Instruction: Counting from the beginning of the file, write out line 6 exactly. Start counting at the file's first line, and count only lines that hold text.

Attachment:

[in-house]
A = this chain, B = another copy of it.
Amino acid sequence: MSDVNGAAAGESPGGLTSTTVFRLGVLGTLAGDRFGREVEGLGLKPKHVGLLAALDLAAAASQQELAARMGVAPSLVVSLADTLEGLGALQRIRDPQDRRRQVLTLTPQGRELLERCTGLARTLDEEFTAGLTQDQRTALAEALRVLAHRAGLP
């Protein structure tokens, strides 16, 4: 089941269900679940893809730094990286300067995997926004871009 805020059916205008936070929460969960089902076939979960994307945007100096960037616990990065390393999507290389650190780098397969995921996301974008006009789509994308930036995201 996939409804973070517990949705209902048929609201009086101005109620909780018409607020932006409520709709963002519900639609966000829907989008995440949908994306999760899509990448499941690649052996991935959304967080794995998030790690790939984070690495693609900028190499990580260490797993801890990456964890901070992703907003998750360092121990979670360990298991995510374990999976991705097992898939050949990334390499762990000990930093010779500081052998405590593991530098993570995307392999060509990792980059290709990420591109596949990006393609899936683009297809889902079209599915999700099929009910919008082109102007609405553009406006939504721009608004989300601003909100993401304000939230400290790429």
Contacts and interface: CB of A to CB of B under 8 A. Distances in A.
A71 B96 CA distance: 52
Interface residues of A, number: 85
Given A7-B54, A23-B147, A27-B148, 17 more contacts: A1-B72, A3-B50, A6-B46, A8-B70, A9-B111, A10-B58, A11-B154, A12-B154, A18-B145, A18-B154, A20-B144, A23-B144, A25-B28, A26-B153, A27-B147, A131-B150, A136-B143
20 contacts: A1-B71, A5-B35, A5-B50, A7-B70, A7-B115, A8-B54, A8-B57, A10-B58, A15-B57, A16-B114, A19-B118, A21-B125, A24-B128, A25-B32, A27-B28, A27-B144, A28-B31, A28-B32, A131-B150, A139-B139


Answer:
A71 B96 CA distance: 52